You are here

Menus of Change

Menus of Change®: The Business of Healthy, Sustainable, Delicious Food Choices is a ground-breaking initiative from The Culinary Institute of America and Harvard T.H. Chan School of Public Health that works to realize a long-term, practical vision integrating optimal nutrition and public health, environmental stewardship and restoration, and social responsibility concerns within the foodservice industry and the culinary profession.

What does it really mean?

Menus of Change is a set of principles that integrates nutrition and environmental science to develop recommendations that help foodservice and culinary professionals achieve optimal nutrition, environmental stewardship and resilience, and social responsibility within the foodservice industry.  The vision is to guide food and food service professionals, like us in Dining Services, in creating meals that are not only delicious, but also nutritious and healthy, environmentally sustainable as well as socially responsible and ethical.  

Menus of Change University Research Collaborative

Menus of Change University Research Collaborative MemberThe founders of Menus of Change have started a secondary initiative, the University Research Collaborative. This is an opportunity for College and University food service departments to further the work of Menus of Change in addition to simply adopting the 24 principles.  The University Research Collaborative is a network of schools across the country who work together with each other as well as Menu of Change to help each other achieve success in their efforts to meet the principles of Menus of Change and also provide feedback and data that can be used to help advance the program.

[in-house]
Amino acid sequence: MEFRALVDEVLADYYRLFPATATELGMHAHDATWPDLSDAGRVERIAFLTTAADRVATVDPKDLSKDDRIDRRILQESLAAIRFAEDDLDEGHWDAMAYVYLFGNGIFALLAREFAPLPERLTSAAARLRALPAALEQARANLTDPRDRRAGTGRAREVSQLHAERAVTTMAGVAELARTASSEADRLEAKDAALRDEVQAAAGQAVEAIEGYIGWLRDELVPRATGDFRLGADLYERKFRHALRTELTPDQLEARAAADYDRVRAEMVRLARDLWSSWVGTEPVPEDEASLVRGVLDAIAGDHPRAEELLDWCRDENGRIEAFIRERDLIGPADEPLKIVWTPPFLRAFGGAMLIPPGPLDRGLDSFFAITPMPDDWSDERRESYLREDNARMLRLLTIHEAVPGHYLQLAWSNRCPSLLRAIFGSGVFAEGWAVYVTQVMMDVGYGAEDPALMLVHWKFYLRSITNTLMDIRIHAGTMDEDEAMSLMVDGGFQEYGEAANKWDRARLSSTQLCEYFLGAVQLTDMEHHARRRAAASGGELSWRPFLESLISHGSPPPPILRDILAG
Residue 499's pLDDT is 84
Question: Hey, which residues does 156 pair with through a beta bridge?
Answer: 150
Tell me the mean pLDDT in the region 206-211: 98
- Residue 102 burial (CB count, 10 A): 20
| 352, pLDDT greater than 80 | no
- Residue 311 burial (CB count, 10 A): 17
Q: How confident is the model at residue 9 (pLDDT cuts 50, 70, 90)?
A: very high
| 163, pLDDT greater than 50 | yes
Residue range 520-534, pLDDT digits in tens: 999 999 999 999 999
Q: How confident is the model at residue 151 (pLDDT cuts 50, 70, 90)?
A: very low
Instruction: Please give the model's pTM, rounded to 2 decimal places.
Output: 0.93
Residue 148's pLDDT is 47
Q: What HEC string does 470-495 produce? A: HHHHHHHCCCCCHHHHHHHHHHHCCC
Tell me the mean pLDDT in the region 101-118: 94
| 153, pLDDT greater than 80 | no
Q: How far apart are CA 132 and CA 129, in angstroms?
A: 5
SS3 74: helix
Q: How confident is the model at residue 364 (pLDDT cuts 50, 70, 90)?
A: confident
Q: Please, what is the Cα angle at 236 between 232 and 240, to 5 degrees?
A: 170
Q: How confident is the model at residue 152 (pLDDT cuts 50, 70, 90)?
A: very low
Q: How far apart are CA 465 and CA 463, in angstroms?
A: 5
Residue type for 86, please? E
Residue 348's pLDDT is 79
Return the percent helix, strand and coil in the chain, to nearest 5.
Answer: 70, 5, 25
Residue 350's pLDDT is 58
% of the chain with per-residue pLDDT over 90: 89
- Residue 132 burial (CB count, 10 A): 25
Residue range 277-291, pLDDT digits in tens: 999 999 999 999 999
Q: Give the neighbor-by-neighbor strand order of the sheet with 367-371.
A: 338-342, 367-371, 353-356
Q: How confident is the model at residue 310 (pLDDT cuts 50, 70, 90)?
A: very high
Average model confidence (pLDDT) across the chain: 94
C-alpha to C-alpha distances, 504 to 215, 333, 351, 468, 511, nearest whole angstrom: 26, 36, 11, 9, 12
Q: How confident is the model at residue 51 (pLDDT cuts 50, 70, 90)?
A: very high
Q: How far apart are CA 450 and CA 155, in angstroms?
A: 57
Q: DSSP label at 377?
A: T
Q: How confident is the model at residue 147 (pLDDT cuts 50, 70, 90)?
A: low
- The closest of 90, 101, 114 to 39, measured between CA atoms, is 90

• The Menus of Change University Research Collaborative is a joint initiative of Stanford University and The Culinary Institute of America that advances the 24 Menus of Change Principles of Healthy, Sustainable Menus while using dining halls as living laboratories for behavior change
  • Encourages healthier, more sustainable life-long food choices among students—who will soon be parents and adult decision-makers
  • Working group of scholars and experts from invited colleges and universities as well as the US Navy and the US Olympic Training Center

How are we doing it?

Here are just a few of the ways Holy Cross Dining is incorporating these principles into our residential and retail dining locations: